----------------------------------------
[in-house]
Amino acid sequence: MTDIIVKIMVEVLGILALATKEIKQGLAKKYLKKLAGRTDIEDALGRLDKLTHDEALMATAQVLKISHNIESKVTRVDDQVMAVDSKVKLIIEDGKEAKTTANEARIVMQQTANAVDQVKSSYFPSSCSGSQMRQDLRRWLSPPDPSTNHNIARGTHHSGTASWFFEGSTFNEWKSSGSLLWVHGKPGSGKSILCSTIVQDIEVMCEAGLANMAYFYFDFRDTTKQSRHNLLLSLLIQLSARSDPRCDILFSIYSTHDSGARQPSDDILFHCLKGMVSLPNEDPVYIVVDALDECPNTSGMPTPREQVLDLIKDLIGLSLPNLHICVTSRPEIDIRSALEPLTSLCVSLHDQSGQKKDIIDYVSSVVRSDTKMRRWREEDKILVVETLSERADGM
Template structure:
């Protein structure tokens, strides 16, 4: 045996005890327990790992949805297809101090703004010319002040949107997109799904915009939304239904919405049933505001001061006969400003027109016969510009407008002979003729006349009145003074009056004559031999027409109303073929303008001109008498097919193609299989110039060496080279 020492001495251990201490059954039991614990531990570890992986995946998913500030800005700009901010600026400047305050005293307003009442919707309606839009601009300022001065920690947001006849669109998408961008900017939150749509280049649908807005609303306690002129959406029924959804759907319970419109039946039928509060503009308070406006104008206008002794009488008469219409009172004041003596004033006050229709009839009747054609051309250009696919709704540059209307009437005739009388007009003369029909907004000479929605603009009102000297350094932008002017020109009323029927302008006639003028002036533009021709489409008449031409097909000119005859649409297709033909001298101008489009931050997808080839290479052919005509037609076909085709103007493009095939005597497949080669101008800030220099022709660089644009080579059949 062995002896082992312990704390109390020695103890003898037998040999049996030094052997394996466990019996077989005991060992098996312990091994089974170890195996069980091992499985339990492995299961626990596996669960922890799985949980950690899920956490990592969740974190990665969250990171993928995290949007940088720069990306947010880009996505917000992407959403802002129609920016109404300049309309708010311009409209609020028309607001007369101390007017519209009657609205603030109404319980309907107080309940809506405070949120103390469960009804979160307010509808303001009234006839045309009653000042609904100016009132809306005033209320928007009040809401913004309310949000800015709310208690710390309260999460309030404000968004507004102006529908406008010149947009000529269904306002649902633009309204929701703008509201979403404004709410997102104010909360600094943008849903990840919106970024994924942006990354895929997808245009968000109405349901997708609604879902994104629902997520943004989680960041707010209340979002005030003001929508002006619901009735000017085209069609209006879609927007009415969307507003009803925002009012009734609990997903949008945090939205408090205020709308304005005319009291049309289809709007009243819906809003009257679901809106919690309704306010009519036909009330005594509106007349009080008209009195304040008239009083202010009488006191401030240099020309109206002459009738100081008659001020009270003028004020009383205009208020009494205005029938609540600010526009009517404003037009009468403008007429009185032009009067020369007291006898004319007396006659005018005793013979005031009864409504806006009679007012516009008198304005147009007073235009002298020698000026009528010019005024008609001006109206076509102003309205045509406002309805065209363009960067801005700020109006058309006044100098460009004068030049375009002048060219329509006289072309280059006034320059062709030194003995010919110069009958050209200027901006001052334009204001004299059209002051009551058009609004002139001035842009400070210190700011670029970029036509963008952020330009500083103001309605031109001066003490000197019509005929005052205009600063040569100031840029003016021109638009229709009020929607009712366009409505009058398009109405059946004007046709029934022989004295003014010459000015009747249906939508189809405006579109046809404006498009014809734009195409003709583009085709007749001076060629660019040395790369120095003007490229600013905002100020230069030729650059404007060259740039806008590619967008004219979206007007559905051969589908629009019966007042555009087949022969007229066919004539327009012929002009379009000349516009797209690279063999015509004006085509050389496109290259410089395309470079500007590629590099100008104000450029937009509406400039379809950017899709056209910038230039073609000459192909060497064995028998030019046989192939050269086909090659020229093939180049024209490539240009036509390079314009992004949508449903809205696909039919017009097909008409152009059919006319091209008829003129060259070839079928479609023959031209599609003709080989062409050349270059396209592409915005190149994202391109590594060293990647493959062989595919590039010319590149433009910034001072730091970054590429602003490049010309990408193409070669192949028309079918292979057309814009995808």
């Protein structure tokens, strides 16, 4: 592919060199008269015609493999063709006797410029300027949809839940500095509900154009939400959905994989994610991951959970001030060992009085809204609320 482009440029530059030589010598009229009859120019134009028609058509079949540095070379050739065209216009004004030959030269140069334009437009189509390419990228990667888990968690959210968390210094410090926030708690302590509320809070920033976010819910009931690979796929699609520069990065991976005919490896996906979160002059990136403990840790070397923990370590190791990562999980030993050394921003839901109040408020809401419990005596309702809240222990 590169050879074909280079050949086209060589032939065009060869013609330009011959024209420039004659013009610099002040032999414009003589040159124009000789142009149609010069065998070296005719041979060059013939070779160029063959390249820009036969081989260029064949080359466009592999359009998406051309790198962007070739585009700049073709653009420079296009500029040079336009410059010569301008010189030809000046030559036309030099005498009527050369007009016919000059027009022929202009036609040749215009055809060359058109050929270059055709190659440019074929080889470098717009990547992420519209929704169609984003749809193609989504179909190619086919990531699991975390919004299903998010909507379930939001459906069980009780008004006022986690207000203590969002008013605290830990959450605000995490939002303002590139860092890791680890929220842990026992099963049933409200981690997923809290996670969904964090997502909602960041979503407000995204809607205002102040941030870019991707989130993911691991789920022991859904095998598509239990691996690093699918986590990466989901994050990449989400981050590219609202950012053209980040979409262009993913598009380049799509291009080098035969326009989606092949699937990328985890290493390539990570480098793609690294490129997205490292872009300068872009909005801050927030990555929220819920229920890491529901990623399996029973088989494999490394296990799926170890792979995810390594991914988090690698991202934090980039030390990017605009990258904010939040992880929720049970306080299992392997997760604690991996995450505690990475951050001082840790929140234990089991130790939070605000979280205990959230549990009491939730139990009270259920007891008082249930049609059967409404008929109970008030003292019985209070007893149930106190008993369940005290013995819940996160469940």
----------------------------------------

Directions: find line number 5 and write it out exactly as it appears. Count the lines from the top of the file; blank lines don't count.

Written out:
């Protein structure tokens, strides 16, 4: 592919060199008269015609493999063709006797410029300027949809839940500095509900154009939400959905994989994610991951959970001030060992009085809204609320 482009440029530059030589010598009229009859120019134009028609058509079949540095070379050739065209216009004004030959030269140069334009437009189509390419990228990667888990968690959210968390210094410090926030708690302590509320809070920033976010819910009931690979796929699609520069990065991976005919490896996906979160002059990136403990840790070397923990370590190791990562999980030993050394921003839901109040408020809401419990005596309702809240222990 590169050879074909280079050949086209060589032939065009060869013609330009011959024209420039004659013009610099002040032999414009003589040159124009000789142009149609010069065998070296005719041979060059013939070779160029063959390249820009036969081989260029064949080359466009592999359009998406051309790198962007070739585009700049073709653009420079296009500029040079336009410059010569301008010189030809000046030559036309030099005498009527050369007009016919000059027009022929202009036609040749215009055809060359058109050929270059055709190659440019074929080889470098717009990547992420519209929704169609984003749809193609989504179909190619086919990531699991975390919004299903998010909507379930939001459906069980009780008004006022986690207000203590969002008013605290830990959450605000995490939002303002590139860092890791680890929220842990026992099963049933409200981690997923809290996670969904964090997502909602960041979503407000995204809607205002102040941030870019991707989130993911691991789920022991859904095998598509239990691996690093699918986590990466989901994050990449989400981050590219609202950012053209980040979409262009993913598009380049799509291009080098035969326009989606092949699937990328985890290493390539990570480098793609690294490129997205490292872009300068872009909005801050927030990555929220819920229920890491529901990623399996029973088989494999490394296990799926170890792979995810390594991914988090690698991202934090980039030390990017605009990258904010939040992880929720049970306080299992392997997760604690991996995450505690990475951050001082840790929140234990089991130790939070605000979280205990959230549990009491939730139990009270259920007891008082249930049609059967409404008929109970008030003292019985209070007893149930106190008993369940005290013995819940996160469940």